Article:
Risk Modeling Upstart Finds Edge With GPU Clouds

The phrase, “past results are not indicative of future returns” can be applied across the board in life, but in financial services, this philosophy has become a strategic, mathematical principle to live by.

Financial risk modeling via backtesting analyzes a particular strategy against historical data and trends before that strategy goes live. Despite its importance to a firm’s overall strategy, securing the on-premises cluster resources to run comprehensive backtesting models is not always straightforward. And for some smaller firms, the physical infrastructure needed to scale the business with sophisticated models is a cost-prohibitive capital expense. This is, according to Justin White, CTO and co-founder of Boston-based financial tech firm, Elsen, creating something of a slow revolution, putting new firms, especially those managing under $5 million, on more level competitive ground.

Even for companies with significant investments in high performance computing infrastructure in-house, there are still bottlenecks. White pointed to experiences with backtesting teams whose simulations were pushed to the back of the queue in favor of other larger-scale or more time-sensitive applications running on in-house clusters. In such a case, having rapid ability to on-board and quickly scale meant more time spent optimizing the resulting strategy. Another client White referenced wanted to run 250,000 Monte Carlo simulations at time, but only once per week. Here we have the “perfect business case” for the cloud; spotty but intensive use to replace the cost and maintenance of a cluster that might otherwise sit idle. Using cloud infrastructure backed by GPUs, it was possible for this team to meet the scale and demand needs without having a cluster sit idle six out of seven days per week. “While it’s true you may spend a nice chunk of cash for that couple of hours, compared to having someone manage that in-house system the entire week, there are real cost savings there,” said White. “Even though our driving force is throughput, not cost necessarily, this is another case where this shines.”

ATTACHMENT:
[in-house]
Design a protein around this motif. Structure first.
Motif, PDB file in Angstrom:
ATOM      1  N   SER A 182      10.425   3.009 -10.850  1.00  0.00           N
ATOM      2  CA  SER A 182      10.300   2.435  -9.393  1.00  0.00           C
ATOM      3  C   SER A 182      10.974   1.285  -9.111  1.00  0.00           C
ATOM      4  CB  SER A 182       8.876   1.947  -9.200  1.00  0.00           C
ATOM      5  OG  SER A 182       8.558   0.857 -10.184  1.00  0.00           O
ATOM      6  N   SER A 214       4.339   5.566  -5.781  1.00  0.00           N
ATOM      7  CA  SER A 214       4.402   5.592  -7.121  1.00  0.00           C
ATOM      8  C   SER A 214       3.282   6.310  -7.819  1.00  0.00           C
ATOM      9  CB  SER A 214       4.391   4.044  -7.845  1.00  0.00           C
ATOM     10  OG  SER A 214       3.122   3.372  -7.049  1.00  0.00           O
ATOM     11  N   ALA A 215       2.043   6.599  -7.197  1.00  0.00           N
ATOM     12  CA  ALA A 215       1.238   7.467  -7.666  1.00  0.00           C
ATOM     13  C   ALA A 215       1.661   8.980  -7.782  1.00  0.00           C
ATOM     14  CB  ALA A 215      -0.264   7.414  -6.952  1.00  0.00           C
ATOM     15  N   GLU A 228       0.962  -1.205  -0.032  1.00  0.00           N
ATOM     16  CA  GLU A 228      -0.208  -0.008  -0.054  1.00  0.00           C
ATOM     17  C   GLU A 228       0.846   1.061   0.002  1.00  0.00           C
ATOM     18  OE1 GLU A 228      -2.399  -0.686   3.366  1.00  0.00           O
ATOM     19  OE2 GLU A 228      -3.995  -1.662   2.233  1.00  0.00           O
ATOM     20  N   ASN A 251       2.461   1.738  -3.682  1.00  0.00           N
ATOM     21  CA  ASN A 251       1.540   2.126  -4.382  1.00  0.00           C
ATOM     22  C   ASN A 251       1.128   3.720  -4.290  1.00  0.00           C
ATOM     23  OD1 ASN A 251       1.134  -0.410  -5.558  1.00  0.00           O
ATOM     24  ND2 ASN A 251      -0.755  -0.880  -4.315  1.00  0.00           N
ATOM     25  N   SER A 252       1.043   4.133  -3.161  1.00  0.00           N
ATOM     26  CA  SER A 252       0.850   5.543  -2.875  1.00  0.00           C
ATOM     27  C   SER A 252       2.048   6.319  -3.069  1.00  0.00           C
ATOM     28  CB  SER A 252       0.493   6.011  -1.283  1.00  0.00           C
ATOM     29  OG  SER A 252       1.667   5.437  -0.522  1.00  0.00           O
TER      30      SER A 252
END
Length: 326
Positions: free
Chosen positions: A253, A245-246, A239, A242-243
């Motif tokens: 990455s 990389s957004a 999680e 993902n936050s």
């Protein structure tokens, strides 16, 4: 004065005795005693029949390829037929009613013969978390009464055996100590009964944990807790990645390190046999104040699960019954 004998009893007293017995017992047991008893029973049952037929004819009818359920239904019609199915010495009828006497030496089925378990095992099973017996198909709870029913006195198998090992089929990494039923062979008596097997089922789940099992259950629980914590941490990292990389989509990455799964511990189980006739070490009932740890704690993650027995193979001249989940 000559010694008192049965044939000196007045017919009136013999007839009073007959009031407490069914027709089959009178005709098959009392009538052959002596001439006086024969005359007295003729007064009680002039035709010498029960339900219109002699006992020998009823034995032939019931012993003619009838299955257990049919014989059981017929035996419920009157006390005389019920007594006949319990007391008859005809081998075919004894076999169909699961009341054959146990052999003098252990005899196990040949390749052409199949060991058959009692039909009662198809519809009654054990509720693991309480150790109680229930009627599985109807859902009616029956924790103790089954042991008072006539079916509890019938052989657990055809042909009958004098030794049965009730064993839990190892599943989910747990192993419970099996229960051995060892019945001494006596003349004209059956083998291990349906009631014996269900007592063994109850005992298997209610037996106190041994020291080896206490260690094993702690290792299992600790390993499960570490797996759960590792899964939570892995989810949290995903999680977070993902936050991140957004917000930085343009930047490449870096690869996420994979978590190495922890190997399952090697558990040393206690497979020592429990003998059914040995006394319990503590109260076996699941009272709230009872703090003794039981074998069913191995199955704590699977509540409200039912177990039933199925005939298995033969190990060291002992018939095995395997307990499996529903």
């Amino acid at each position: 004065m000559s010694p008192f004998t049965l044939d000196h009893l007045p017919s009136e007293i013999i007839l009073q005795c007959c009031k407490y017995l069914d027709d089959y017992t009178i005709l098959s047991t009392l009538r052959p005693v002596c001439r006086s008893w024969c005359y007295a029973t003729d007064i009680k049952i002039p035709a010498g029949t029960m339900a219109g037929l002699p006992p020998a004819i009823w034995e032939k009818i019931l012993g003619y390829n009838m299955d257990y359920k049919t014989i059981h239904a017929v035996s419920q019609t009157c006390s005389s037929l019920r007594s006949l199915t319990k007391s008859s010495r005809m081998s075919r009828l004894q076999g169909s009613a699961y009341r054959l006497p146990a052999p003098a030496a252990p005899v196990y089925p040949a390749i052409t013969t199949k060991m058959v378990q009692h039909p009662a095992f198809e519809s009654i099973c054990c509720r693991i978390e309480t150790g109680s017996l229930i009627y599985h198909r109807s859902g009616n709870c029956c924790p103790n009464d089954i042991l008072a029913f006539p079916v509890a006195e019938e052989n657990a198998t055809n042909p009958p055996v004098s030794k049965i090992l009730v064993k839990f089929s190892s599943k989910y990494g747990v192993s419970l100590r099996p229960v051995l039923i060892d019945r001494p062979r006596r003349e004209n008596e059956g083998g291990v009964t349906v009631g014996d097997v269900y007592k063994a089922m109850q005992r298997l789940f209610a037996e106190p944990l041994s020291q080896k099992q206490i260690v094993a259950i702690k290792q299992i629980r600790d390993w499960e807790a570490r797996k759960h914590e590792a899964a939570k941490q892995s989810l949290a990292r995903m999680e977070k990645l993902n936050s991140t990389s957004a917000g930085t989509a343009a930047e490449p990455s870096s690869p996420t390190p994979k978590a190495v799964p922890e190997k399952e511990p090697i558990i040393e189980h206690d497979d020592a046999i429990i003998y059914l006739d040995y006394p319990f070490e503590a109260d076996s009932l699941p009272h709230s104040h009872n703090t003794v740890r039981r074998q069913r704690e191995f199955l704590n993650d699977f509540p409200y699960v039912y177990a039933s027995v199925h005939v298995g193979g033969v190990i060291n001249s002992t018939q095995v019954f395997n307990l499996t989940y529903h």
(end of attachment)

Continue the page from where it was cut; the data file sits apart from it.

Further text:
Aside from that, one of the major limitations of in-house systems goes back to scale. If a cluster for these simulations would only support ten of these simulations simultaneously, there’s both a time to result and overall productivity argument to be made.

“It’s trivial for us to spin up a new set of instances with the code that was on the previous system; now there are no limits in theory to how many simultaneous simulations there are.” These situations, where having quick access to instant scale is key, represent some of Elsen’s early growing user base, which is using the startup’s cloud-based backtesting paired with GPUs from those cloud providers who offer them. (It’s a short list—Peer1 Hosting and Amazon Web Services are two of the main infrastructure providers with Nvidia Tesla GPU coprocessors in their systems).

GPUs are a key differentiator for the “backtesting as a service” that Elsen is pushing. And for a small company with relatively young co-founders, Elsen brings quite a bit of GPU computing and financial services experience to bear. The company’s first prototype was based on GPUs for backtesting, which was something CEO and co-founder Zac Sheffer developed while building models at Credit Suisse. Along with White and a steadily growing team, Elsen began building more robust models for GPUs, even though not all calculations for backtesting can benefit from the parallelized boost. As is the case with everything simulation-driven, a lot depends on end user applications and requirements, but the GPU angle, coupled with the freedom from maintaining on-site hardware, is where Elsen hopes to put their experience into play.

In essence, the company’s system allows a user to build the strategy to test against, then run that strategy against a large amount of historical data before making the decision to move that strategy into place against a series of live data. Given the rapid, near-instant scalability of the cloud and handy access to a massive well of historical financial data, the idea is that users can quickly boost the volume of variables they look at over time. The scalability of adding more nodes, the ability to more efficiently process with GPUs, and the ability to tap into more data for backtesting at once is the driver for Elsen’s belief in this model for the future of backtesting at smaller funds.

“Traditionally, people may have been used to testing across a portfolio companies—but that topped out between 10 up to 500 at the high end,” White tells The Next Platform. “Since we can scale so quickly, it’s irrelevant to us how many companies they want to test against. Now users can make the quick decision to look at the entire New York Stock Exchange or the entire S&P 500 index. That’s been difficult before, but it all comes down to how we parallelized this system.”